Nicola Sturgeon just put a giant spanner in the works of Theresa May’s Brexit plans

Sturgeon May Spain
Steve Topple

Nicola Sturgeon has joined forces with Welsh First Minister Carwyn Jones to give Theresa May a Brexit-shaped headache. Because the two first ministers have said they will be blocking the government’s Repeal Bill.


The Scottish First Minister and her Welsh counterpart have officially said they will be drawing up amendments to the ‘EU Withdrawal Bill”, or the so-called Repeal Bill. They have accused May of an “unashamed move to centralise decision-making power in Westminster”. And they have said that their respective governments and assemblies will not give “legislative consent” to the bill. Instead, Sturgeon and Jones have said they will be drawing up amendments to the bill to ensure that it “respect[s] devolved powers and responsibilities”.

A repellant repeal?

As The Canary previously reported, the Repeal Bill is a complex piece of legislation. The government first has to repeal the 1972 European Communities Act; which will end legislation that gives EU law supremacy in Britain. A House of Commons Library briefing paper called the bill “one of the largest legislative projects ever undertaken in the UK”.

Currently, 52,741 Brussels-based laws are used in the UK. These include:

  • The EU Climate and Energy ’20-20-20′ Package: Laws implementing the EU Emissions Trading Scheme to cut greenhouse gas emissions from major industries and various financial incentives to achieve 15% of UK energy from renewables by 2020.
  • Chemicals (REACH), hazardous substances (RoHS) and packaging requirements which UK manufacturers have to comply with to sell into the EU.
  • The Working Time Directive: Giving workers the right to a minimum holiday entitlement each year; also limiting the working week to 48 hours.
  • The Temporary Agency Workers Directive: seeking to give equal rights to agency employees and permanent employees.

The government will have to copy most of these with the Repeal Bill. But critics have argued that the Tories will attempt to drop various bits of law they don’t like. And a cross-party committee of MPs has warned that, for farmers, the Repeal Bill could be “zombie legislation”. This is because many EU laws would be unworkable in isolation in the UK.

Not happy

Sturgeon and Jones think the government will reduce devolved powers. In a joint statement, they said:

We are approaching the twentieth anniversaries of the referendums that established the Scottish Parliament and Welsh Assembly. Those votes, and the development of devolution since 1998, provide the secure democratic basis for self-government in Scotland and Wales.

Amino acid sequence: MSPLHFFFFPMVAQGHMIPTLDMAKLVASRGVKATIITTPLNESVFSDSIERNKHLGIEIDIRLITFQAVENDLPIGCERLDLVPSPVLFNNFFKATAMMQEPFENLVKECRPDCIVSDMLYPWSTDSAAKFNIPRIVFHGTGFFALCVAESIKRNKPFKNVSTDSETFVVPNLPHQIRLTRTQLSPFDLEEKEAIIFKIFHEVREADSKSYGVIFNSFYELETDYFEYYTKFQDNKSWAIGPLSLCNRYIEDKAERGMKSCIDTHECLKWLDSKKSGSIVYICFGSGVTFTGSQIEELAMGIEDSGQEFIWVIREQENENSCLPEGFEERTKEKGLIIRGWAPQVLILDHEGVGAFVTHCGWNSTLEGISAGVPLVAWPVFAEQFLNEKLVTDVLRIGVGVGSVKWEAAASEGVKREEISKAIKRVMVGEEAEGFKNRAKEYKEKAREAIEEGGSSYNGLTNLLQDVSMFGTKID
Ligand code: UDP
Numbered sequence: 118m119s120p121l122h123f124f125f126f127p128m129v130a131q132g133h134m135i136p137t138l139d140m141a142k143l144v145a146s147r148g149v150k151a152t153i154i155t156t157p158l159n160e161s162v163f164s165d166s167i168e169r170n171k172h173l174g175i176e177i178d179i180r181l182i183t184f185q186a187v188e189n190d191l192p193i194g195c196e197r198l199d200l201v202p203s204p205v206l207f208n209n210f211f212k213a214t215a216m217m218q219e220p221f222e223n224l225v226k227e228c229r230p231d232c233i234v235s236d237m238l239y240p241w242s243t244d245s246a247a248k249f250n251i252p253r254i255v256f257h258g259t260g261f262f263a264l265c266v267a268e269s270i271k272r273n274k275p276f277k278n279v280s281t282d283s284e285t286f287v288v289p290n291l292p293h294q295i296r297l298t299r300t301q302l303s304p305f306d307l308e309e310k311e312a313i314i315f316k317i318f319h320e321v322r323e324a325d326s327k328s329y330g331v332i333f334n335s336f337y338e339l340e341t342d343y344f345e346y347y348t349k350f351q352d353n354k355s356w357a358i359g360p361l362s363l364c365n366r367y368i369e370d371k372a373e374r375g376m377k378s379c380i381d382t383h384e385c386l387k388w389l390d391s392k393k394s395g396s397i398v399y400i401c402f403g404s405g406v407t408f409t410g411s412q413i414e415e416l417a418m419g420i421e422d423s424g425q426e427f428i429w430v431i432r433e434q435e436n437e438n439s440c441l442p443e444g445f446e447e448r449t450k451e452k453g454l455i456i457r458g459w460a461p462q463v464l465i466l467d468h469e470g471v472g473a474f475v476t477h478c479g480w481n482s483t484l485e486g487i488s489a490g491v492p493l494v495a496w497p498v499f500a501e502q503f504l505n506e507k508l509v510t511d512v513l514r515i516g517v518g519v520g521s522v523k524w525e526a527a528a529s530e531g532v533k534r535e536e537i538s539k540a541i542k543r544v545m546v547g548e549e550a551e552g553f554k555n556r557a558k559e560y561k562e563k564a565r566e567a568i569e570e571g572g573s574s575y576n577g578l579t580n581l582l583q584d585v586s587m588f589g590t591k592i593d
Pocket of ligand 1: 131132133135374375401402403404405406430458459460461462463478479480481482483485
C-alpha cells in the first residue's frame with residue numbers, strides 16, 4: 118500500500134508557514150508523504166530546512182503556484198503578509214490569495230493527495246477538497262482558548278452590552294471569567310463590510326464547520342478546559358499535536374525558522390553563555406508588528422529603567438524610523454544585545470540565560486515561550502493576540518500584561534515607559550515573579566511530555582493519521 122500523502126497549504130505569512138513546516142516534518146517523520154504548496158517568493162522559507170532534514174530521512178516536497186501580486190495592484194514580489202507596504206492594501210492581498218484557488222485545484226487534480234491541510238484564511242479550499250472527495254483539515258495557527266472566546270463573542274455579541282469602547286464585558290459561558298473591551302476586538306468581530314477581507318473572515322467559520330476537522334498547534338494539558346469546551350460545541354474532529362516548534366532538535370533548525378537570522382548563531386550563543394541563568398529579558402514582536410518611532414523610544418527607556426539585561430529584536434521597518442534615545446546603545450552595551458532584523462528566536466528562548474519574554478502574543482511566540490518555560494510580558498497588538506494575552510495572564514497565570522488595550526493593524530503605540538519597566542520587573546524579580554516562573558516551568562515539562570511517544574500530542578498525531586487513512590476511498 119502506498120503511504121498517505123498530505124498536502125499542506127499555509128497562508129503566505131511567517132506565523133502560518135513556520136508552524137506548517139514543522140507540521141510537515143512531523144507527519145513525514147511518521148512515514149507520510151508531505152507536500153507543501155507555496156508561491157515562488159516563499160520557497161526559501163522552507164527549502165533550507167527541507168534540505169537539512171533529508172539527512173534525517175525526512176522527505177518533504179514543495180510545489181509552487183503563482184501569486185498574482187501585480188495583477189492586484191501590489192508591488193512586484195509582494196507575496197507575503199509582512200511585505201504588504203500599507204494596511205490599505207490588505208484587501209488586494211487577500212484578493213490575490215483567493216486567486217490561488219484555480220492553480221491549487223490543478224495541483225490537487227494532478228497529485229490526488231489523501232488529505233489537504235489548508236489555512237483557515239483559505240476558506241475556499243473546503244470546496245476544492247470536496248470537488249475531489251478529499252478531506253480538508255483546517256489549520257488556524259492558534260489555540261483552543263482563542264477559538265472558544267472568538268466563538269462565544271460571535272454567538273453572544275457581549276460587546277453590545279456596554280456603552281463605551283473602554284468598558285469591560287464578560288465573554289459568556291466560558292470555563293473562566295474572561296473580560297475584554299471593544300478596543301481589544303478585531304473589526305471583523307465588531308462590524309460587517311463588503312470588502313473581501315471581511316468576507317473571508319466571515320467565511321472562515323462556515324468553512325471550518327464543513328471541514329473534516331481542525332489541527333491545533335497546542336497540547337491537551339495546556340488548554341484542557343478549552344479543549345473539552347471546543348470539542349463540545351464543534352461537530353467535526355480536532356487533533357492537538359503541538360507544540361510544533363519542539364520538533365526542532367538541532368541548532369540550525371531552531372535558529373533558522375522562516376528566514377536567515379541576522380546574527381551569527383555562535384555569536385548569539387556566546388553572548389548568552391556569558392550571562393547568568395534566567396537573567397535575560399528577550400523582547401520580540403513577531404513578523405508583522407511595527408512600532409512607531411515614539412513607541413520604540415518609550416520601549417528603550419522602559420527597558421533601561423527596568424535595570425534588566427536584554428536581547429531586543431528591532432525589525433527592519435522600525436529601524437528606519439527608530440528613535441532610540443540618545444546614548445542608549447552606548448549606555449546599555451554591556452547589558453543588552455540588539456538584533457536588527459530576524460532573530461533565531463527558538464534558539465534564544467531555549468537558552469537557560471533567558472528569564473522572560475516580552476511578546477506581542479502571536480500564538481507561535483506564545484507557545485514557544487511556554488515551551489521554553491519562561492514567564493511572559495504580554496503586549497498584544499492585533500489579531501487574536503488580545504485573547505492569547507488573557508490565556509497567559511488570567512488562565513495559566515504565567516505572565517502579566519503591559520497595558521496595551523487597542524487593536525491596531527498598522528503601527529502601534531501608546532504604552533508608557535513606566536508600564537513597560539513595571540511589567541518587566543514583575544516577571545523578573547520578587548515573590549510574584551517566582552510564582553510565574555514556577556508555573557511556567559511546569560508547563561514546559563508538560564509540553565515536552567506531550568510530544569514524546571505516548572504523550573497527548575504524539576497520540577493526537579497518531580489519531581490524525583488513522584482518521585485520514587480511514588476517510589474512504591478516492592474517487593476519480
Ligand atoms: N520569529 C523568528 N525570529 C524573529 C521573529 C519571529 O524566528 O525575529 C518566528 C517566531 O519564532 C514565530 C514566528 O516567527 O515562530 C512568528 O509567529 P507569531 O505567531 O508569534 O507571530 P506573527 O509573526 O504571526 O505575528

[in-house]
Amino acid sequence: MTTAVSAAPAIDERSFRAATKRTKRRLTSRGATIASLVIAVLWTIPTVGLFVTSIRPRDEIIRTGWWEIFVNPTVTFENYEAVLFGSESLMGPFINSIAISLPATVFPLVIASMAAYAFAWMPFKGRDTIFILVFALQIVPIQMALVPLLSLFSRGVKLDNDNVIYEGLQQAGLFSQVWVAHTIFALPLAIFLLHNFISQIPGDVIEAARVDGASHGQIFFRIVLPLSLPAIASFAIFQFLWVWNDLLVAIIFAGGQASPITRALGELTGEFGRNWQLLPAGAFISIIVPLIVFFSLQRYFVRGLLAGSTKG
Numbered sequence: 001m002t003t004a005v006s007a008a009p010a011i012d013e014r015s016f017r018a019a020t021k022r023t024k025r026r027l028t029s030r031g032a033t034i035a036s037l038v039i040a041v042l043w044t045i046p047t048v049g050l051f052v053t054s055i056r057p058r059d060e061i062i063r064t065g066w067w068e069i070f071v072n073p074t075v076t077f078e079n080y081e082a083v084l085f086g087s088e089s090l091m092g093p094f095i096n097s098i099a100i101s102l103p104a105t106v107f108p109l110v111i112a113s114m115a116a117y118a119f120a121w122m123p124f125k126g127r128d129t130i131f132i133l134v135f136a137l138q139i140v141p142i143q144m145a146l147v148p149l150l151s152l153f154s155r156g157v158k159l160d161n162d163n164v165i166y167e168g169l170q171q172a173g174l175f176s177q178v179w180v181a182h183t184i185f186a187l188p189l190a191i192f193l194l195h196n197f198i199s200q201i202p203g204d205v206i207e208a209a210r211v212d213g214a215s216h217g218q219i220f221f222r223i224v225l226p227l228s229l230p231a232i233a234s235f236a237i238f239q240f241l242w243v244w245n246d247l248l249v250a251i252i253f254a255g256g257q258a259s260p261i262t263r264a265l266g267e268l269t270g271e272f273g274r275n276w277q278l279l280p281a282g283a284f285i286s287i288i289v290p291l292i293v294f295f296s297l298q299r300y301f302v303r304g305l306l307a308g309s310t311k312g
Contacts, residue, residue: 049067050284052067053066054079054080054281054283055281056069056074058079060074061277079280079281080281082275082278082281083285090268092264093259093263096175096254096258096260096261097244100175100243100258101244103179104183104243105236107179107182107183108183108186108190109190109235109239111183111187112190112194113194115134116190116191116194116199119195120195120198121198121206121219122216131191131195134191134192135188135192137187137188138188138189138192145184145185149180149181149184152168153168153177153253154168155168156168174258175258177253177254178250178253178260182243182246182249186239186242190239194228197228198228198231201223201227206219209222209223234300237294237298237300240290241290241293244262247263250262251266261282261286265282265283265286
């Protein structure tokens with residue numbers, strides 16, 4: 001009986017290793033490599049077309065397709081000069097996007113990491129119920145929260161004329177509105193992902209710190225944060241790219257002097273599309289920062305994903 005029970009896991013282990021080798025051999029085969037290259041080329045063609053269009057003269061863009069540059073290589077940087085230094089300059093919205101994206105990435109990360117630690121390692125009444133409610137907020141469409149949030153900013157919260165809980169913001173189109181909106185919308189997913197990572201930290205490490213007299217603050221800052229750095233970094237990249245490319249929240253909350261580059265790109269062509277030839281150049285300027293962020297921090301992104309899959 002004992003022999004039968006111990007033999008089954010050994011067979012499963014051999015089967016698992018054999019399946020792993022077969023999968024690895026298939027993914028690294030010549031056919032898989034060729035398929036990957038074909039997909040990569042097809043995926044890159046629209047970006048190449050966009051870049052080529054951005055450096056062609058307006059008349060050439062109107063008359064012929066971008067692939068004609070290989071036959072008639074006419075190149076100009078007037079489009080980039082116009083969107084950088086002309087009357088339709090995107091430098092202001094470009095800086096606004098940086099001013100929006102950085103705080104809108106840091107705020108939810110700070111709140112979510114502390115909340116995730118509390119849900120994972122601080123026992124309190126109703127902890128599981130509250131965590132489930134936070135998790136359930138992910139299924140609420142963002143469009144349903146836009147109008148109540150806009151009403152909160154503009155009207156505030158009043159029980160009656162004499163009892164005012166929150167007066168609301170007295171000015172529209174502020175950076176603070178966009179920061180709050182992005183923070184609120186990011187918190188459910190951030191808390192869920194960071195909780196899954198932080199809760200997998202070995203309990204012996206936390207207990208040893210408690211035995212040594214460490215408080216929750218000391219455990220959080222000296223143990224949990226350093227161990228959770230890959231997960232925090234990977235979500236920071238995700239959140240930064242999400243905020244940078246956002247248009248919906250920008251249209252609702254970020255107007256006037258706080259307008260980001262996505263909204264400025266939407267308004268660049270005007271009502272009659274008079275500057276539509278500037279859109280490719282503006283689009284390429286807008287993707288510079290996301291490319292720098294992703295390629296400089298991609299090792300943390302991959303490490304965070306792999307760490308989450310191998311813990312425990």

Since the vote to leave the EU, the approach of the UK Government to withdrawal has been a rejection of the principle of devolution, and the sharing of decision making across these islands, clearly chosen by the people of Scotland and Wales.

Most recently the UK Government has published position papers which involve the vital interests of Scotland and Wales but which have been prepared without the involvement of the devolved administrations.

Most seriously, the UK Government’s EU (Withdrawal) Bill is an unashamed move to centralise decision making power in Westminster, cutting directly across current devolved powers and responsibilities.

The Scottish and Welsh Governments have already made clear that they cannot recommend that the Scottish Parliament and National Assembly give their necessary legislative consent to the Bill. We believe that the Bill must not be allowed to progress in its current form.

To provide a constructive way forward, the Scottish and Welsh Governments are now working to agree potential amendments to the Bill which would address our concerns. We are also coordinating our advice to the Parliament and Assembly to ensure they fully understand our concerns and our alternative proposals.

It will now be for the UK Government to respond positively to our suggested amendments to move negotiations forward, and ensure there is a functioning legal system on withdrawal from the EU, and agreed UK structures, – where these are required – that reflect the views and interests of all parts of the UK, and respect devolved powers and responsibilities.


May is already having a tough week on the Brexit front. On Wednesday 23 August, the government revealed she has watered down plans to leave the European Court of Justice (ECJ). And after Brexit Secretary David Davis released some of the government’s plans for trading negotiations, the EU was reportedly left “confused and puzzled”. So with a stinging intervention from the Scottish and Welsh governments, the ‘Mayhem’ surrounding Brexit looks set to continue.

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